Figure 2 (a) TEM bright field image of BaTiO3 nanoparticles fabricated by laser ablation, (b) TEM lattice image of the fabricated nanoparticles, (c) TEM lattice image of BaTiO3 nanoparticles fabricated by electro-spray method.
Dielectric properties of BaTiO3 nanoparticles
We investigated dielectric properties of BaTiO3 nanoparticles synthesized by plasma CVD. The Pt/Si substrate was placed in the tail flame of ICP. Since the change in the distance between the substrate and the center of ICP can alter substrate temperatures, the morphology of thin films can be controlled from columnar to granular fashions. In this way, we fabricated nanocrystalline thin films. The grains in the films were adjusted to various sizes by post-annealing the films using rapid-thermal annealing furnace. Subsequently, the capacitor structure was made by forming upper Pt electrodes using sputtering. Figure 3 shows grain size dependence of relative permittivity (εr) measured under AC 100 mV and 1 kHz. This figure also shows the c/a lattice constant ratios of plasma-CVD-derived BaTiO3 nanoparticles estimated by Rietveld analysis from XRD patterns. In the size region of around 50 nm, the εr and c/a are found to be approximately 1000 and 1.005, respectively. Further, we investigated not only P-E hysteresis and DC-bias voltage dependence of capacitance for nanocrystalline films but also Raman spectroscopy and latent heat on phase transition for nanoparticles. As a result, we found that tetragonal structure and ferroelectricity maintained at the grain sizes greater than 30 nm. In general, a size reduction in ferroelectrics annihilates ferroelectricity, which results in the decrease of εr due to the size effect. However, the present experiment demonstrates the possibility that high εr value can be kept in the ultrafine particles. These results indicate that BaTiO3 has a great potential even in the small size region. This fact is expected to become the guideline when thinning dielectric layers in MLCCs.
Figure 3 Grain size dependence of relative permittivity (εr) for BaTiO3 nanocrytalline films fabricated by plasma CVD measured under AC 100 mV and 1 kHz. The figure also shows the c/a lattice constant ratios of plasma-CVD-derived BaTiO3 nanoparticles estimated by Rietveld analysis from XRD patterns.
Nanoscale characterization on dielectrics
Above-mentioned evaluations such as XRD and dielectric properties are based on the average information obtained from numerous grains. In reality however, the properties of individual grains seem to be different. Factors such as grain boundary, electrode/dielectric interface, and so on should significantly affect the properties. In light of these facts, not only the macroscopic evaluations but also the measurement techniques of material properties from microscopic point of view will be vitally important in order to finely design dielectric materials. As a nanoscale characterization method on dielectrics, we used scanning probe microscope under ultra-high vacuum (UHV-SPM). This method has following advantages; (1) we can investigate intrinsic properties of materials since clean material surface is obtained by the benefit of UHV environment. (2) we can measure the properties with high accuracy owing to high spatial and high energy resolution of the instrument. The research on dielectric materials using UHV-SPM is one of the unexplored fields. Thereby, this technique has a high potential to offer new knowledge on dielectrics. There are many attractive measurement modes in SPM. In this paper, we introduce the evaluation of insulation degradation on MLCCs using Kelvin probe force microscopy (KFM).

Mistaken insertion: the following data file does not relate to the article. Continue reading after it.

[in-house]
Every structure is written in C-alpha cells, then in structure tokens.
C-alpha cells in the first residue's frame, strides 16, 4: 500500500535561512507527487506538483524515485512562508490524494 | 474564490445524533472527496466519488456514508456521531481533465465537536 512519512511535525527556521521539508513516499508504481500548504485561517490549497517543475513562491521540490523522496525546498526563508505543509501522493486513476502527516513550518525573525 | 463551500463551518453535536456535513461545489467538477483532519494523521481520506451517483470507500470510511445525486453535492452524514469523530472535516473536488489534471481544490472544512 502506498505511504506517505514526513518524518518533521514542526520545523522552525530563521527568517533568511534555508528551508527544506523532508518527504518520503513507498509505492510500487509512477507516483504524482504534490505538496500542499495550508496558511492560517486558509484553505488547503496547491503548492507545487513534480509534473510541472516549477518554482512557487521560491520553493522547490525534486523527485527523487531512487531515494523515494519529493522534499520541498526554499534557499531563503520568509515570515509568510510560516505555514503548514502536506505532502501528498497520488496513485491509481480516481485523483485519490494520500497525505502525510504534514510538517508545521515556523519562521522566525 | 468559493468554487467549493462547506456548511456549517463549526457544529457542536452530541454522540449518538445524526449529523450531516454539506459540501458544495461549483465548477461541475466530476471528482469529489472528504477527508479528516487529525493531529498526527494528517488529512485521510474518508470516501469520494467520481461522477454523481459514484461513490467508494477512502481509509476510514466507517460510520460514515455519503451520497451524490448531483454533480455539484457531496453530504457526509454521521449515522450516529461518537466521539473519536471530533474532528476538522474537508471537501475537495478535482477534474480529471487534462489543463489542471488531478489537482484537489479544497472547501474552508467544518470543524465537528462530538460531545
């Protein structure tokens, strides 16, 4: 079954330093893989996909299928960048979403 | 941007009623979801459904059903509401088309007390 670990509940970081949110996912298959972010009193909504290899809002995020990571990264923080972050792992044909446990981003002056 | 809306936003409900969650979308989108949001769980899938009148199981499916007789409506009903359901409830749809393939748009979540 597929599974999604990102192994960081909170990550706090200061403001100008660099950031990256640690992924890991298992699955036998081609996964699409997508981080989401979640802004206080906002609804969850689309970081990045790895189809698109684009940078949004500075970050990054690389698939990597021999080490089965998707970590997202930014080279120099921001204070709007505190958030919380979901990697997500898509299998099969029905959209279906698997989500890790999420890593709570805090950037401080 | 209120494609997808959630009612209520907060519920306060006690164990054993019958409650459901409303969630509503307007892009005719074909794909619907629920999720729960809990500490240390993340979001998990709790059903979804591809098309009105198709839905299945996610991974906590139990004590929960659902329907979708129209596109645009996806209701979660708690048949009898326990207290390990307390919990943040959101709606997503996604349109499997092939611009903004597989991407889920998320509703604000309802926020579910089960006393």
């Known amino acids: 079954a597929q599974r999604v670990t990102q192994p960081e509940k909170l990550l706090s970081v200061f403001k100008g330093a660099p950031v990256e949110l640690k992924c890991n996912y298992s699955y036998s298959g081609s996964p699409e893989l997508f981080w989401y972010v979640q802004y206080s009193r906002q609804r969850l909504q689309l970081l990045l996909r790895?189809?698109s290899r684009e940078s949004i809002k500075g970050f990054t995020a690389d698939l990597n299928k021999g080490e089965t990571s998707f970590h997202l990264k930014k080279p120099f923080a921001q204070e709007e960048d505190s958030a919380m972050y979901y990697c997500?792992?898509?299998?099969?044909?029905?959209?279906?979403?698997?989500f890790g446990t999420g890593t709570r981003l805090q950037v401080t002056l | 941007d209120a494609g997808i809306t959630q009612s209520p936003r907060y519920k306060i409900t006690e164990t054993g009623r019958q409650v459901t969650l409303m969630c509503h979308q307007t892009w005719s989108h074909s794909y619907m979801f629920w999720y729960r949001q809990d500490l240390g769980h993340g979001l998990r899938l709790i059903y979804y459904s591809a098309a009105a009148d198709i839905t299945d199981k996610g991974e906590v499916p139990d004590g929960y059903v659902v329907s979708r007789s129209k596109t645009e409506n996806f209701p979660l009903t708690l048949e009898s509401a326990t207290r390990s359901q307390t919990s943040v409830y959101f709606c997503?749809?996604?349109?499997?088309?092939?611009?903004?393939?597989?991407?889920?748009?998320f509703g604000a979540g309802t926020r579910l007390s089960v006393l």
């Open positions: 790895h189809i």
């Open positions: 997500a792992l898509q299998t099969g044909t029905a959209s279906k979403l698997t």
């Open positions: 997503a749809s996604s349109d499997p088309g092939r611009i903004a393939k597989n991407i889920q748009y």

High capacitance of MLCCs can be realized by thinning dielectric layers. However, the thin dielectric layers are subject to a high electric field when applying a DC voltage, which leads to dielectric breakdown even under the usage less than rated voltage. This indicates that securing the reliability on MLCCs is quite difficult when thinning dielectric layers. In particular, an addition of acceptor elements for the sake of reduction-resistant properties forms oxygen vacancies in dielectric layers. It is commonly recognized that these oxygen vacancies migrate through ceramic grains under the DC electric field and eventually cause insulation degradation. Thus far, the major approach for investigating degradation mechanisms focuses on macroscopic methods such as impedance analysis etc. The microscopic characterizations for the degraded dielectrics have been scarcely reported. KFM is the method to measure the surface potential of materials by using conductive tip with curvature radius of the order of nanometer. Surface potential distributions on the channel of working organic thin film transistor have been evaluated by applying a DC bias voltage to the lateral direction of the device. In this research, the analogous measurement was implemented by applying a DC bias voltage to dielectric layers in MLCCs to investigate the distributions of resistance, i.e. surface potential gradient. We can get highly reliable data since the effect of atmospheric components such as water on surface potentials can be ruled out by the benefit of UHV measurement of approximately 10-8 Pa.
The HALT (100 h, and 215 h) for MLCC (X5R, 2.2μF, 4.2 × 1.6 × 1.6mm3, 3.8μm of dielectric layer) was conducted under the condition of 150 ºC and 40 V. The resistances of the 100 h-degraded sample and the 215 h-degraded sample were 0.6 and 2.2 orders of magnitude lower than the sample without HALT (fresh MLCC), respectively. The samples were mirror-polished on faces perpendicular to the inner electrodes and then mounted on sapphire substrates. The external electrodes of MLCC were wired to a DC power supply using silver paste. Regarding the degraded samples, the cathode in HALT was grounded while the external DC bias voltage of +5V (forward bias) or –5V (backward bias) was applied to the anode in HALT. The measurement based on non-contact mode was performed using PtIr5-coated conductive tip under room temperature.